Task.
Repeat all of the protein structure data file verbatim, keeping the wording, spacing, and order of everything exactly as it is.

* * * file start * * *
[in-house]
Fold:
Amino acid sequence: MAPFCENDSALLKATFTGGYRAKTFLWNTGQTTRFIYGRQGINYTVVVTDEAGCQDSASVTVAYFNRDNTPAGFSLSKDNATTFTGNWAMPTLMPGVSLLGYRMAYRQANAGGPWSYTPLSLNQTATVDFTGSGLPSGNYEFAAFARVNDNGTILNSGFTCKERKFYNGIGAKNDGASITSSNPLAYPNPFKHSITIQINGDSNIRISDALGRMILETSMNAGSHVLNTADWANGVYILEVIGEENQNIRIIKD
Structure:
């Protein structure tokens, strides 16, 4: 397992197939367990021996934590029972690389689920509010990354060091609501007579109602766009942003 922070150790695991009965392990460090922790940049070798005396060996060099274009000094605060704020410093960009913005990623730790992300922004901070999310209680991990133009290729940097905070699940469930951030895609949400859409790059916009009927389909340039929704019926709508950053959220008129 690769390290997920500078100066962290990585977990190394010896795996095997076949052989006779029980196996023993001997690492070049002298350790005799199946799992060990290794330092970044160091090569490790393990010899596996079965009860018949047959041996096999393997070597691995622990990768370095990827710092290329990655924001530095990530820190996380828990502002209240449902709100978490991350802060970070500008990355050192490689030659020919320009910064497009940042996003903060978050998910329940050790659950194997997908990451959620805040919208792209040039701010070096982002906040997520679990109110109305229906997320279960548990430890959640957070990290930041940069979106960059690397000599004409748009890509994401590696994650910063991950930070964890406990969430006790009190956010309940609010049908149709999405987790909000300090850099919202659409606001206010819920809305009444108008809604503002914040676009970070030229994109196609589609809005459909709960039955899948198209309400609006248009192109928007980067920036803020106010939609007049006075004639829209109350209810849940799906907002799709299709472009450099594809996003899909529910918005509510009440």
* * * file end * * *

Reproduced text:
[in-house]
Fold:
Amino acid sequence: MAPFCENDSALLKATFTGGYRAKTFLWNTGQTTRFIYGRQGINYTVVVTDEAGCQDSASVTVAYFNRDNTPAGFSLSKDNATTFTGNWAMPTLMPGVSLLGYRMAYRQANAGGPWSYTPLSLNQTATVDFTGSGLPSGNYEFAAFARVNDNGTILNSGFTCKERKFYNGIGAKNDGASITSSNPLAYPNPFKHSITIQINGDSNIRISDALGRMILETSMNAGSHVLNTADWANGVYILEVIGEENQNIRIIKD
Structure:
């Protein structure tokens, strides 16, 4: 397992197939367990021996934590029972690389689920509010990354060091609501007579109602766009942003 922070150790695991009965392990460090922790940049070798005396060996060099274009000094605060704020410093960009913005990623730790992300922004901070999310209680991990133009290729940097905070699940469930951030895609949400859409790059916009009927389909340039929704019926709508950053959220008129 690769390290997920500078100066962290990585977990190394010896795996095997076949052989006779029980196996023993001997690492070049002298350790005799199946799992060990290794330092970044160091090569490790393990010899596996079965009860018949047959041996096999393997070597691995622990990768370095990827710092290329990655924001530095990530820190996380828990502002209240449902709100978490991350802060970070500008990355050192490689030659020919320009910064497009940042996003903060978050998910329940050790659950194997997908990451959620805040919208792209040039701010070096982002906040997520679990109110109305229906997320279960548990430890959640957070990290930041940069979106960059690397000599004409748009890509994401590696994650910063991950930070964890406990969430006790009190956010309940609010049908149709999405987790909000300090850099919202659409606001206010819920809305009444108008809604503002914040676009970070030229994109196609589609809005459909709960039955899948198209309400609006248009192109928007980067920036803020106010939609007049006075004639829209109350209810849940799906907002799709299709472009450099594809996003899909529910918005509510009440």